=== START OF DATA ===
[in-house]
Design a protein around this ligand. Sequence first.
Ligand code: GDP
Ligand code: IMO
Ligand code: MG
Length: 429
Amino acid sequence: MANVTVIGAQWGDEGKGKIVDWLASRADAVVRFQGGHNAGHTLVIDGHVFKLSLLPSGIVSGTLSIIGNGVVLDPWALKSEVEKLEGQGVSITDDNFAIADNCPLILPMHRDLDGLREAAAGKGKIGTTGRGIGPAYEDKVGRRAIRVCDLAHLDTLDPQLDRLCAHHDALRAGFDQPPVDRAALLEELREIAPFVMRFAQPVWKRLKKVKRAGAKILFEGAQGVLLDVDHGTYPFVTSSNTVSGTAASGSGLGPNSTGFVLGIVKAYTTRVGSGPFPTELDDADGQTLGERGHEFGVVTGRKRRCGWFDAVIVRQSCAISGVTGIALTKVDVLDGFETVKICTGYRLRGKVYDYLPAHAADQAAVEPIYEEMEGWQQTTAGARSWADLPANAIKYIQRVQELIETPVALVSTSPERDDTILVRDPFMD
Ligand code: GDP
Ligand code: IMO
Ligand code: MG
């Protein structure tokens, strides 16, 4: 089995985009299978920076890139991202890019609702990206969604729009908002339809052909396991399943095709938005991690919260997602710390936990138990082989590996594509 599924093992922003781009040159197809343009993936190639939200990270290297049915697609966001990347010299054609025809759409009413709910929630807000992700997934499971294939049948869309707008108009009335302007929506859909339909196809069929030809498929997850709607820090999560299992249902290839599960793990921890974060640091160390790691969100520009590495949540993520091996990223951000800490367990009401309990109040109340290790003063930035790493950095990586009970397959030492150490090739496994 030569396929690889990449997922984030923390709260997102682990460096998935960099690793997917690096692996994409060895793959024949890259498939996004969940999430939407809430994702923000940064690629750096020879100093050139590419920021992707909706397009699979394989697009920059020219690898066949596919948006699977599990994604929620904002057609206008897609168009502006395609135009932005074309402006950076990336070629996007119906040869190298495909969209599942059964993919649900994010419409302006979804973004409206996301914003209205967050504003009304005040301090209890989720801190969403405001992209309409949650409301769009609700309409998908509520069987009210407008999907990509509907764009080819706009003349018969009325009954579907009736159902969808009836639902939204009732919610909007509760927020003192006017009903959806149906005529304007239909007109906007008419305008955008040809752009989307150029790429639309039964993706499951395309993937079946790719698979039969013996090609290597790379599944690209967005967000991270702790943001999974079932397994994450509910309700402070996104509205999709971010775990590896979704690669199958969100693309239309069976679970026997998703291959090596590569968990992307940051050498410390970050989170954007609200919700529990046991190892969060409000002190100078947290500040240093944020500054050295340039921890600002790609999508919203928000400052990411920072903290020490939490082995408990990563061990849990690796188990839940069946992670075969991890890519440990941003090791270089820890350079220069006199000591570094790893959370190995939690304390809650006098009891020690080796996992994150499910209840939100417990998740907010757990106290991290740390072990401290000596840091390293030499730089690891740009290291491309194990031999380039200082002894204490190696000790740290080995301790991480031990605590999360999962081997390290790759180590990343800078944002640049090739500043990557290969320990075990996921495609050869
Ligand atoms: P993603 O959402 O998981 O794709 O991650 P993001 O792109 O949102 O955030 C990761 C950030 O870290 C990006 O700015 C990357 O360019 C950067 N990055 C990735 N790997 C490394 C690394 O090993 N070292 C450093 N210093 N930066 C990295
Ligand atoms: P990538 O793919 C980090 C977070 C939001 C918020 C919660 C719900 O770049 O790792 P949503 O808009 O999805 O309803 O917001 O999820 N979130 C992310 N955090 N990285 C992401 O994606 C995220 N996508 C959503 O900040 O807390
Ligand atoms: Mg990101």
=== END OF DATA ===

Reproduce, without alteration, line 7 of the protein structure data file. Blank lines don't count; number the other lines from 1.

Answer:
Amino acid sequence: MANVTVIGAQWGDEGKGKIVDWLASRADAVVRFQGGHNAGHTLVIDGHVFKLSLLPSGIVSGTLSIIGNGVVLDPWALKSEVEKLEGQGVSITDDNFAIADNCPLILPMHRDLDGLREAAAGKGKIGTTGRGIGPAYEDKVGRRAIRVCDLAHLDTLDPQLDRLCAHHDALRAGFDQPPVDRAALLEELREIAPFVMRFAQPVWKRLKKVKRAGAKILFEGAQGVLLDVDHGTYPFVTSSNTVSGTAASGSGLGPNSTGFVLGIVKAYTTRVGSGPFPTELDDADGQTLGERGHEFGVVTGRKRRCGWFDAVIVRQSCAISGVTGIALTKVDVLDGFETVKICTGYRLRGKVYDYLPAHAADQAAVEPIYEEMEGWQQTTAGARSWADLPANAIKYIQRVQELIETPVALVSTSPERDDTILVRDPFMD